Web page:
envylabs-blog

Rails Envy

If you go to RailsEnvy.com right now you’ll notice that it’s been completely removed, without a trace. Rails Envy taught me a great deal over the past year. It was a wild ride which only recently came to a close and it deserves one last article to share what it was, and how it got to where it is now.

At the beginning of 2006 I started up Orlando’s Ruby Group, and towards the end of 2006 we had a few Hackfests. During one of these hackfests I managed to pair up with Jason Seifer, who was at the same level as I was with regards to Ruby and programming in general. He told me how he was only programming in his spare time, but would love to do it full time. I was running a little consultancy named Patched Software, and just reached the point where I could use some help so I hired Jason for something around $25/hour. That sounds low, but at the time I was charging my clients $35/hour. I was new to Ruby and the consulting business in general so I took what work I could get.

Patched Software

Jason and I worked out of my home office most of the time and we grew to be a pretty good team. We loved talking about podcasting, especially Radio Lab, and This American Life.

In February of 2007 we decided to create a small blog together called Rails Envy with the cheesy slogan “It’s not the size of the app that matters, it’s how you code it”. The first thing that popularized the blog was an Acts_As_Ferret tutorial that I wrote up on February 19th, 2007. As you can see in this image the article somehow received a lot of diggs, and gained a good deal of traction.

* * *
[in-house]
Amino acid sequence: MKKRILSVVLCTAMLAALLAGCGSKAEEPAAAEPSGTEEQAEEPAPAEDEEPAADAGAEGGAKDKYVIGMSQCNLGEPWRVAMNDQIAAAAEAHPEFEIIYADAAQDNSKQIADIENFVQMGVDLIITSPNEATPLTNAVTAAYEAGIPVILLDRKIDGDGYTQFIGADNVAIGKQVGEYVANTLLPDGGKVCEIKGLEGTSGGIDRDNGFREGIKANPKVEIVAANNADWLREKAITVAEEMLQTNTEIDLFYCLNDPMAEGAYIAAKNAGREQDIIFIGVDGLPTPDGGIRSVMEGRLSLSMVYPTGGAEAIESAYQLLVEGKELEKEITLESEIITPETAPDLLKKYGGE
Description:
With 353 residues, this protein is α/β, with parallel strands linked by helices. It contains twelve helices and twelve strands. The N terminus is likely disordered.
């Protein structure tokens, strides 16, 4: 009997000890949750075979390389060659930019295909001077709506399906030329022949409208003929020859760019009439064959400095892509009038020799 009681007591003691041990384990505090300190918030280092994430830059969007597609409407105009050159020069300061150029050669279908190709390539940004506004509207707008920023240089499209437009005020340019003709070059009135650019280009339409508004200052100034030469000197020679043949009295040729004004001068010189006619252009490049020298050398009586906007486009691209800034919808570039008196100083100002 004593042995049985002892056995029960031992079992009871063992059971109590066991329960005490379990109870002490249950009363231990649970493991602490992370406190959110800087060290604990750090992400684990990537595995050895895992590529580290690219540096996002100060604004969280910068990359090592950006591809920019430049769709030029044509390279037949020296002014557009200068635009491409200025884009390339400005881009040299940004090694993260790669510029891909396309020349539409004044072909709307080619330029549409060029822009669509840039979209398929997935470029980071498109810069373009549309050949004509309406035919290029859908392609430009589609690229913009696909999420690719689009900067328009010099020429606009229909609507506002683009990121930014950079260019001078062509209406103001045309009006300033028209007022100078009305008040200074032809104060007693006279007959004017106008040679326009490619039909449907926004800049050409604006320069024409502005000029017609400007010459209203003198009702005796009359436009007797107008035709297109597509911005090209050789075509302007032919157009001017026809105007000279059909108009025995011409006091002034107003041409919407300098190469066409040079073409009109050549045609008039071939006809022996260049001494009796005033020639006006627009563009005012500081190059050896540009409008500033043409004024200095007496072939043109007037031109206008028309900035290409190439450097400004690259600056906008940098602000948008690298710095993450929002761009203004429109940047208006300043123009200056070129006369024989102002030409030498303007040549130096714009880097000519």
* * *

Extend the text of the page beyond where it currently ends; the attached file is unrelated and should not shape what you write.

Rails Envy

What’s interesting is that even back then I can remember doing self promotion. It’s not enough to put articles/software out there, you have to promote your work! Here’s an email I found that I wrote to Jamis Buck (from 37signals) about the article, who at the time had one of the best Rails blogs out there:

Jamis,

Firstly I want to say that I love theRailsWay.com site. You guys have a talent for explaining code lessons in very common terms, and I’m happy to say that you’ve inspired me and my friend Jason Seifer to start up our own blog in a similar light.

Although I don’t think we’ll be reviewing other people’s code, we’re going to dedicate ourselves to creating educational nuggets to help other programmers.

We have listed therailsway.com as one of our favorite blogs on the website. Any sort of publicity you can help with, even a small partner link would be appreciated.

Our first big post went out today, which is a detailed Acts_As_Ferret tutorial for doing powerful full text searching inside your rails apps. You can see it here: